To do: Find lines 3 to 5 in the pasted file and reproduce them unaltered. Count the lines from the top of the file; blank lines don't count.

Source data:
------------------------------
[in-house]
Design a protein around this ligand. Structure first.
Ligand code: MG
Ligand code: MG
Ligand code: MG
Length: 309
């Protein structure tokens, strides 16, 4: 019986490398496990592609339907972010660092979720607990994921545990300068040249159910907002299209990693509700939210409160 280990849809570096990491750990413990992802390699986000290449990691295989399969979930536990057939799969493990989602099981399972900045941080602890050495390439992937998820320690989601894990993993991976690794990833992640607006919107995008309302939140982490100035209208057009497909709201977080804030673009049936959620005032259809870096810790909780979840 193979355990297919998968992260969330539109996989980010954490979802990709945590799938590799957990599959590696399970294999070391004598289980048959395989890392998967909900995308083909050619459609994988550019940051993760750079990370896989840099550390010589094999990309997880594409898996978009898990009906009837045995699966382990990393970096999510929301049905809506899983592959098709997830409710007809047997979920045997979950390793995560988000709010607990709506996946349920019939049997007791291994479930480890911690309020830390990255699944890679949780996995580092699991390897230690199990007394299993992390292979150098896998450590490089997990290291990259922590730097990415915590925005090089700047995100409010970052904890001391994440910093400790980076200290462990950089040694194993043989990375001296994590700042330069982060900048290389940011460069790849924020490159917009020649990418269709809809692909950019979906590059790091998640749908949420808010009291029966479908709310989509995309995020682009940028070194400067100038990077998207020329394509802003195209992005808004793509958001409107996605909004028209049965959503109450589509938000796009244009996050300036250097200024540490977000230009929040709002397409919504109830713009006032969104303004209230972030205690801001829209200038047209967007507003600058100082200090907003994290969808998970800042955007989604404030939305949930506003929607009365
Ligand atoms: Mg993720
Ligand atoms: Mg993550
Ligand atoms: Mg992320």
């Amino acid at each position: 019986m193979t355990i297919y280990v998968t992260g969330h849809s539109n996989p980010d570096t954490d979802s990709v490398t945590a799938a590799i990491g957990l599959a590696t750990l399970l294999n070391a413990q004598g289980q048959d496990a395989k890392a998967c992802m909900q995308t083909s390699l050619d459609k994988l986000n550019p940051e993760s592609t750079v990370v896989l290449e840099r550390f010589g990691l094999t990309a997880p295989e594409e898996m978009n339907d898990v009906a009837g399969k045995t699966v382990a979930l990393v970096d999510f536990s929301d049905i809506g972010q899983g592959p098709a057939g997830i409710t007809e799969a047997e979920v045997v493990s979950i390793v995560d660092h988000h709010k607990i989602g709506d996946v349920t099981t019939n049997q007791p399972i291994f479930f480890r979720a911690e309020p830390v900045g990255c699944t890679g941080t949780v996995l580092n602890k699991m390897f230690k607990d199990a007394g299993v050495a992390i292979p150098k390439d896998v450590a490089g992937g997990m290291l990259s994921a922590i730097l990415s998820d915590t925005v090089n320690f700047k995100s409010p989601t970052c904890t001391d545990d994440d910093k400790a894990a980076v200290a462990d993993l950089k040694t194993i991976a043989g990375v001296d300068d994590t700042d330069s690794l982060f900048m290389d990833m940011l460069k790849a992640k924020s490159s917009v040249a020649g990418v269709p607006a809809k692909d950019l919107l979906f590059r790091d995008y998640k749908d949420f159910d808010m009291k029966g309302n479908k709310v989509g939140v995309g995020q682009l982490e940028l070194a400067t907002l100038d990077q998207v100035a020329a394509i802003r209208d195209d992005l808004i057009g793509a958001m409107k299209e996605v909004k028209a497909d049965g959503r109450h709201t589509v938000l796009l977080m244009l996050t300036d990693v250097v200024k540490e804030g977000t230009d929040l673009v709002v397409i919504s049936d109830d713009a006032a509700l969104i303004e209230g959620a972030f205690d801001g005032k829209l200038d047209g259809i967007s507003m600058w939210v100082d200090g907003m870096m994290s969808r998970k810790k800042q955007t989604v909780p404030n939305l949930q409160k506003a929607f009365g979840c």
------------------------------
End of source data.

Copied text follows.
Ligand code: MG
Ligand code: MG
Ligand code: MG